WASHINGTON (Reuters) – NASA on Friday set the stage for a global debate over the basic principles governing how humans will live and work on the moon, as it released the main tenets of an international pact for moon exploration called the Artemis Accords.
The accords seek to establish ‘safety zones’ that would surround future moon bases to prevent what the U.S. National Aeronautics and Space Administration called “harmful interference” from rival countries or companies operating in close proximity.
They would also permit companies to own the lunar resources they mine, a crucial element in allowing NASA contractors to convert the moon’s water ice for rocket fuel or mine lunar minerals to construct landing pads.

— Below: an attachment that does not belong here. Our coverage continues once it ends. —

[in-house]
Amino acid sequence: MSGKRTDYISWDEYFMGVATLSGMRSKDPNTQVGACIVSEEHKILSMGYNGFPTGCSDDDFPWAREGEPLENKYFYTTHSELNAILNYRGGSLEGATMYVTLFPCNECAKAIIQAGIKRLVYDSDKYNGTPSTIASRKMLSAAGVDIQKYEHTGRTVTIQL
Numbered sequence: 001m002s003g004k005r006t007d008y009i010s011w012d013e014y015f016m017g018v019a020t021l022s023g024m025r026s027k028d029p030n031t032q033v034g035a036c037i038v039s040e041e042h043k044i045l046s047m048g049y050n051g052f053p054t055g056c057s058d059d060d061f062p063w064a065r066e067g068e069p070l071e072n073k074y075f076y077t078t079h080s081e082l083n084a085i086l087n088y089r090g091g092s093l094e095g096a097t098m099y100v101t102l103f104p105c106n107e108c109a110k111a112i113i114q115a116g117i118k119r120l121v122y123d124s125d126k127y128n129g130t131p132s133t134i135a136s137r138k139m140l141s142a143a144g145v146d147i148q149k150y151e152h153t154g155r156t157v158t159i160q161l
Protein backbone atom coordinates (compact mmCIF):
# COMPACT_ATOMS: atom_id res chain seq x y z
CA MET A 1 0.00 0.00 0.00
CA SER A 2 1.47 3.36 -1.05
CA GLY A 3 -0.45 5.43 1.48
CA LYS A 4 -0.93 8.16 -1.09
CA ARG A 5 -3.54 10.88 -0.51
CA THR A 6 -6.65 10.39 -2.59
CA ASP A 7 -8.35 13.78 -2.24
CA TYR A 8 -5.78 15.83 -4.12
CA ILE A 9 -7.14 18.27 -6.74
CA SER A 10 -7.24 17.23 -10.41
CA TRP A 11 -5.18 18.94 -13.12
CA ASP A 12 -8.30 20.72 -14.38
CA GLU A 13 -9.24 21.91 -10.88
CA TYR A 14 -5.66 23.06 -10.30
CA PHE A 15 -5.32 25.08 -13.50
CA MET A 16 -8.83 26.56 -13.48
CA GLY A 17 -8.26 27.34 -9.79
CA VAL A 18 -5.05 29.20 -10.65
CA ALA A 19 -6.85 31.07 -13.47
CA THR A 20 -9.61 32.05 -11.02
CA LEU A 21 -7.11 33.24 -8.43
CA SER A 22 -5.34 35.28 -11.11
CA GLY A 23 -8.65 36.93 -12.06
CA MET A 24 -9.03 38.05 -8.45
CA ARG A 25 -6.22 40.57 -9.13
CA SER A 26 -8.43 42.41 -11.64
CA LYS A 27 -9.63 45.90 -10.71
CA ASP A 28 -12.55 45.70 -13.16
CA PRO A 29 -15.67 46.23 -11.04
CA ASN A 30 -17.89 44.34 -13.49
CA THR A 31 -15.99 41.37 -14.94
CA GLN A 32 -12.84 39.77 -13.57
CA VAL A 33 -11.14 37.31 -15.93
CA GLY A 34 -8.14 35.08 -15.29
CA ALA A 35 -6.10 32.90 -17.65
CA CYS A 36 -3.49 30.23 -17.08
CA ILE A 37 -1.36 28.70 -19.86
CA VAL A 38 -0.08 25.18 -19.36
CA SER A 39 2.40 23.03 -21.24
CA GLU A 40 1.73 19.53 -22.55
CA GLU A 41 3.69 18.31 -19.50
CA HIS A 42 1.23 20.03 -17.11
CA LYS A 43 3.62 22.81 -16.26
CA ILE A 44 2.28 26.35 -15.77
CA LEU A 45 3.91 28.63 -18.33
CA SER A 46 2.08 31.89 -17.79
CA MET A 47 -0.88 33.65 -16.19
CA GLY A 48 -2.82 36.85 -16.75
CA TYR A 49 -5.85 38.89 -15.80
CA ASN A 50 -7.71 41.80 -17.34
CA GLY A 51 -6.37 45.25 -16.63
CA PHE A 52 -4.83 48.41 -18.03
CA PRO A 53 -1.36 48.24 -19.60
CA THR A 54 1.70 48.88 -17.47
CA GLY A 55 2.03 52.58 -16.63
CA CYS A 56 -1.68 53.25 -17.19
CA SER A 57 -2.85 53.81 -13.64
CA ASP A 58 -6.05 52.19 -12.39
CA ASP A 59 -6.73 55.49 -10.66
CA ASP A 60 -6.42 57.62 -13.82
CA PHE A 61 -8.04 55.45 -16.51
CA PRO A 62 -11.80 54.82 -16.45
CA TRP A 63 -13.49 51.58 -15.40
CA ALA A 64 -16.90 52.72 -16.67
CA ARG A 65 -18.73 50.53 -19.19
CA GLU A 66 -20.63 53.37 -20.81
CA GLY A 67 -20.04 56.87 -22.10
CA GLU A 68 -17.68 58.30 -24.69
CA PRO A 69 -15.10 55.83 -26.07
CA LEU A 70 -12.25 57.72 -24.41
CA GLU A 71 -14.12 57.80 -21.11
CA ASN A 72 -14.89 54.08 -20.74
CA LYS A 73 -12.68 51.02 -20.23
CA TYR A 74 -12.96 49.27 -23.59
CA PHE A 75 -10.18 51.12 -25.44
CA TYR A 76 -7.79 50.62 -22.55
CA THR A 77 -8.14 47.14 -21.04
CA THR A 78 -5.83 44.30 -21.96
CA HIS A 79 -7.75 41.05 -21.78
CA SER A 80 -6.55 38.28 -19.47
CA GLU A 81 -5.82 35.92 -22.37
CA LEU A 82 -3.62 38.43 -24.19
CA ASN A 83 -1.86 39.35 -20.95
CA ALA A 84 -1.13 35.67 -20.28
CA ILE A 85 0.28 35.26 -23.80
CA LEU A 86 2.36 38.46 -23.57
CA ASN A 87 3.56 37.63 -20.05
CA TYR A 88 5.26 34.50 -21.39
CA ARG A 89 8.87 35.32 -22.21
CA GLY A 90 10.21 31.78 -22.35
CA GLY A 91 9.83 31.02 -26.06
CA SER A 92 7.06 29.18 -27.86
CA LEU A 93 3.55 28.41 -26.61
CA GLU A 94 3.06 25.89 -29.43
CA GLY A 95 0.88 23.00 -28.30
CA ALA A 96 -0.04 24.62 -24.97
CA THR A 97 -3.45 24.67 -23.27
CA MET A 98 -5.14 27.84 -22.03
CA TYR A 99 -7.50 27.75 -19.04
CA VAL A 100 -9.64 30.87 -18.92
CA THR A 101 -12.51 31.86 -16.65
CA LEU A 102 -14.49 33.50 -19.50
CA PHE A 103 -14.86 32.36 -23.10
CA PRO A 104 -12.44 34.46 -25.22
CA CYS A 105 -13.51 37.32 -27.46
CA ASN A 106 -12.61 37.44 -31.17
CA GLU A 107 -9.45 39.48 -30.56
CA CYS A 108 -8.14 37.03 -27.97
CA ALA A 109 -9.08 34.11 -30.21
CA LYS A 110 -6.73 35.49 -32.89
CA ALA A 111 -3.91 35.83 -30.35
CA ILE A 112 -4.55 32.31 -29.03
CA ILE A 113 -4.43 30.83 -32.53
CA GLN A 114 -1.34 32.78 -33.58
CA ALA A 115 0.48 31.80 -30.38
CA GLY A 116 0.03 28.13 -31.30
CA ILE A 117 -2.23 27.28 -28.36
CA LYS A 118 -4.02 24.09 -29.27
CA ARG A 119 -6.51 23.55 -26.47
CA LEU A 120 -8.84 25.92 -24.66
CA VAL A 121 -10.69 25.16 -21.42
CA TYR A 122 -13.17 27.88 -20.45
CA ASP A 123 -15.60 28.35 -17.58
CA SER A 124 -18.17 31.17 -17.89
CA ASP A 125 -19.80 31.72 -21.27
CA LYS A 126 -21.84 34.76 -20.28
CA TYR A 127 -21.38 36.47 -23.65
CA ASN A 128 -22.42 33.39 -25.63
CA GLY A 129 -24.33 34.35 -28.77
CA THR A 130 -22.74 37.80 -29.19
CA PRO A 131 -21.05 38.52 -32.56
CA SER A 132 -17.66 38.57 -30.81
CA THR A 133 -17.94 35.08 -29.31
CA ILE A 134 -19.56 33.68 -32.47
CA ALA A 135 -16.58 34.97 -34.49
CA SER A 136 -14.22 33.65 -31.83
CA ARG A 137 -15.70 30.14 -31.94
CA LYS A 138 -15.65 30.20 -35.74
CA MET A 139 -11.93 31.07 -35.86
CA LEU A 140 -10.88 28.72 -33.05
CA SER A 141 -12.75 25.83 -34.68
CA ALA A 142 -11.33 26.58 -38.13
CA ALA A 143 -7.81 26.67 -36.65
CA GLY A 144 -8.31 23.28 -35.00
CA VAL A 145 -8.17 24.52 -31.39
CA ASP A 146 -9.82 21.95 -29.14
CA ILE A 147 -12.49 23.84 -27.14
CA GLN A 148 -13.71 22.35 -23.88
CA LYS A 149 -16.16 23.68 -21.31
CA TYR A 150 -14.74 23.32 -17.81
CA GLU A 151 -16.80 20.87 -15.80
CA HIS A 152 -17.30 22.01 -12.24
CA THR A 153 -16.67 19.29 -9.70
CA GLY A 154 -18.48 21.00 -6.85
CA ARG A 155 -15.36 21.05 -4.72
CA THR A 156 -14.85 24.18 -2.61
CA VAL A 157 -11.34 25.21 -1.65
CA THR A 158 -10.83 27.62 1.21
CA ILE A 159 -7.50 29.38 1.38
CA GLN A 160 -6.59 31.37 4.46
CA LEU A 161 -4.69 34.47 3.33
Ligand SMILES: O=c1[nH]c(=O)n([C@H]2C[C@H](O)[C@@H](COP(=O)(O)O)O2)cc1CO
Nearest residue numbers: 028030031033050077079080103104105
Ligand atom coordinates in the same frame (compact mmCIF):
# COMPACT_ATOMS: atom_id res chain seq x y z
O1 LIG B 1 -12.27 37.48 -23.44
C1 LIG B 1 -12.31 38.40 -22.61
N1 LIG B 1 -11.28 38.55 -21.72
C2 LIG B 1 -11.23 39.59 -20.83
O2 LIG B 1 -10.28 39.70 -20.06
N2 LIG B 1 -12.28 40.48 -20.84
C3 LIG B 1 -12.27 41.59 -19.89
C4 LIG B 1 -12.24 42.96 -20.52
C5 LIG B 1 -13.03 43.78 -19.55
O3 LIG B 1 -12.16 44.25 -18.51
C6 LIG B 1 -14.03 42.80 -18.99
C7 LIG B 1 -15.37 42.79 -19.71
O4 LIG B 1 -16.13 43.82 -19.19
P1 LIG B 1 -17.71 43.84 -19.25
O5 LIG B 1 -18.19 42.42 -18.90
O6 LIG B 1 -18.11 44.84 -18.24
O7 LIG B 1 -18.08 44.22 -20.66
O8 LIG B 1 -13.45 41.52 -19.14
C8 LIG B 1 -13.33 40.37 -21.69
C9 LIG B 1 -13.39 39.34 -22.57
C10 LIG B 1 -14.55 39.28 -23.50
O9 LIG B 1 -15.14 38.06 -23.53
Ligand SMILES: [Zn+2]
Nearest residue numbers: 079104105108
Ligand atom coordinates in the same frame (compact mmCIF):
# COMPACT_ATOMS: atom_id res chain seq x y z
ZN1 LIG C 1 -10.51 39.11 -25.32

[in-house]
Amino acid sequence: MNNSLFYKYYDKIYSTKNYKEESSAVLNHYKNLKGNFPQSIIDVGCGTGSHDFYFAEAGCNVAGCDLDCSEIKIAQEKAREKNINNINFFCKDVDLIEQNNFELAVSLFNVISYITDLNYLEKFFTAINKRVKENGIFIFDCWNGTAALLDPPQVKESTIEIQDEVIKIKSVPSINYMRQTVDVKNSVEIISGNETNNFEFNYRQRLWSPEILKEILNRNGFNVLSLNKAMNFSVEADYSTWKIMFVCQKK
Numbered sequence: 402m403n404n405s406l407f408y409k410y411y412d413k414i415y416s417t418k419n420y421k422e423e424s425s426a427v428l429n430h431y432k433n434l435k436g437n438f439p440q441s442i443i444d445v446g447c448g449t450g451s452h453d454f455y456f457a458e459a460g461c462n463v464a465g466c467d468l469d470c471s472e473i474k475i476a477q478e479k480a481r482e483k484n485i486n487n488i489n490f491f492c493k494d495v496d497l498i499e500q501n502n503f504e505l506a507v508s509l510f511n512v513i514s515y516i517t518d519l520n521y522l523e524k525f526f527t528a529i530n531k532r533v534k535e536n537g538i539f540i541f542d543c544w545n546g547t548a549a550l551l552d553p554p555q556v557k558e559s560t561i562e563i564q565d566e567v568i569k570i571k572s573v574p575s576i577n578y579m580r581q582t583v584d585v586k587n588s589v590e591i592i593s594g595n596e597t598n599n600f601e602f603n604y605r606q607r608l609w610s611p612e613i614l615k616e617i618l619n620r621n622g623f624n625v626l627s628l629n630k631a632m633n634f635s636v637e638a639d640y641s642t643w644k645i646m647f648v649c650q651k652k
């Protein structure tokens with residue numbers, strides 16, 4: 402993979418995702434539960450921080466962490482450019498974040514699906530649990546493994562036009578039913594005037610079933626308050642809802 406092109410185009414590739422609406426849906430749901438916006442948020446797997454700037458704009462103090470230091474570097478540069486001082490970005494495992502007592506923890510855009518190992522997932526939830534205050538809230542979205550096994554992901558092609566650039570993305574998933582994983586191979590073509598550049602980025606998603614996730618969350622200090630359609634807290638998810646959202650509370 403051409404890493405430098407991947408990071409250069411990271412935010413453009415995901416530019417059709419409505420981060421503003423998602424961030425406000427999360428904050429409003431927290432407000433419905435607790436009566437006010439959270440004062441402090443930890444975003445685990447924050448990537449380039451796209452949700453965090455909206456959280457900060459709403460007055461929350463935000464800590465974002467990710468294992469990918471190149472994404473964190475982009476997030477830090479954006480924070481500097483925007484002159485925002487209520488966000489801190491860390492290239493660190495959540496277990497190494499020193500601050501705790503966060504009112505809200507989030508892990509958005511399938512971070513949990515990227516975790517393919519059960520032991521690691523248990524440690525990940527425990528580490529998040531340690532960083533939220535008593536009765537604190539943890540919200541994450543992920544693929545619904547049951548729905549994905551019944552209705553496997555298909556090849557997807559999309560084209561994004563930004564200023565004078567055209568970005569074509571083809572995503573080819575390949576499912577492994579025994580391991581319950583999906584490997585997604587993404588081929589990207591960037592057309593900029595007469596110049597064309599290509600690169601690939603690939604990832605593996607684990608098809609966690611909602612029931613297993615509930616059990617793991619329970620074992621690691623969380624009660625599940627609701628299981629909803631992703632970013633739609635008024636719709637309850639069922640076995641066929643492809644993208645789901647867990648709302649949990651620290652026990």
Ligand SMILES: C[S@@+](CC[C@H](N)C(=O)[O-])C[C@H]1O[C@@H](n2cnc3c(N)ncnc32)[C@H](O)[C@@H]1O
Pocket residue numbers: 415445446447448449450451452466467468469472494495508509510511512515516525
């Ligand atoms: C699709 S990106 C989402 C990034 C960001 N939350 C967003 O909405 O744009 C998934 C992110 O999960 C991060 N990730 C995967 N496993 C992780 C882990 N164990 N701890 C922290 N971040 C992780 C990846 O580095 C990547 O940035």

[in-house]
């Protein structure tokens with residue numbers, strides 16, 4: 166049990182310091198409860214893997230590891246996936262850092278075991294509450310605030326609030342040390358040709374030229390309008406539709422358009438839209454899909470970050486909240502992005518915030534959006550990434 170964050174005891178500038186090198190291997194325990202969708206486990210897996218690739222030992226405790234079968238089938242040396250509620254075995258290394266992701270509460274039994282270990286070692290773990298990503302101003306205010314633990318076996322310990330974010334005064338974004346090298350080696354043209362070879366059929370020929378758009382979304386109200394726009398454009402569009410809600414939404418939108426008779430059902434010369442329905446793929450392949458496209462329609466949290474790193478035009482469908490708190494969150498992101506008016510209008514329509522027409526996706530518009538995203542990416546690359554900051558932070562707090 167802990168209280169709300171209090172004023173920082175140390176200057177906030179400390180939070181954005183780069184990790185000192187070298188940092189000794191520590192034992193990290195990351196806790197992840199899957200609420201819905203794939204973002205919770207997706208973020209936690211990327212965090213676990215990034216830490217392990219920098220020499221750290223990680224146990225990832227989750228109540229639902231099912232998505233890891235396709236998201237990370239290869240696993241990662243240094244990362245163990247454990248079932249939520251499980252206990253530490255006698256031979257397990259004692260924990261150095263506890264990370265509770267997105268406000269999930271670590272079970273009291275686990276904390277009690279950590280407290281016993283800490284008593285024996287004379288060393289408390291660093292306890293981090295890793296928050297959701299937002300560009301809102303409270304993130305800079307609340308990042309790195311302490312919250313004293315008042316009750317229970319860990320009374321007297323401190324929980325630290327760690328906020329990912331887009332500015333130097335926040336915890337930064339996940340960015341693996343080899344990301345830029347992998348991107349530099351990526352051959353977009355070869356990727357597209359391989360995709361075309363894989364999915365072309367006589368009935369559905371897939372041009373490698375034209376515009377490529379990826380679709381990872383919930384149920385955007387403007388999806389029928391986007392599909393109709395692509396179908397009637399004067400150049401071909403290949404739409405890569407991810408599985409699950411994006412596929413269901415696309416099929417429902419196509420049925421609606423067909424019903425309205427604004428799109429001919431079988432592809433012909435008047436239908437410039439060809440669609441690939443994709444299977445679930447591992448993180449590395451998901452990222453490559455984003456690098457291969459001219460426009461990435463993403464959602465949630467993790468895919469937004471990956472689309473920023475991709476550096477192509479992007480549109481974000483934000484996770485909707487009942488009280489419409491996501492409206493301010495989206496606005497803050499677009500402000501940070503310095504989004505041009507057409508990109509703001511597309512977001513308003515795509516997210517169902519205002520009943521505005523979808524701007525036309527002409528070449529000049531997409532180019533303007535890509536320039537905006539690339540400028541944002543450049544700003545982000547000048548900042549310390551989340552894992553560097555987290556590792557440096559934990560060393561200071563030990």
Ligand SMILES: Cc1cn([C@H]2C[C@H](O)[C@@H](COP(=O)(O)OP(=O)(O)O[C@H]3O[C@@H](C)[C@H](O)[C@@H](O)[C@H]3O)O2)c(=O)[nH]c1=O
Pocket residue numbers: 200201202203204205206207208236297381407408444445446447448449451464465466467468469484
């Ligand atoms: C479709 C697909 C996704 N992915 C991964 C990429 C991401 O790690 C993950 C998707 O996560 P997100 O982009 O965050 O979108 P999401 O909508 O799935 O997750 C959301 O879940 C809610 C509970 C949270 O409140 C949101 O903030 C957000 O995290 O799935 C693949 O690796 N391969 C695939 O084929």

The accords are a key part of NASA’s effort to court allies around its plan to build a long-term presence on the lunar surface under its Artemis moon program.
“What we’re doing is we are implementing the Outer Space Treaty with the Artemis Accords,” NASA administrator Jim Bridenstine told Reuters, referring to a 1967 international pact that emphasizes that space should be used for peaceful rather than military uses.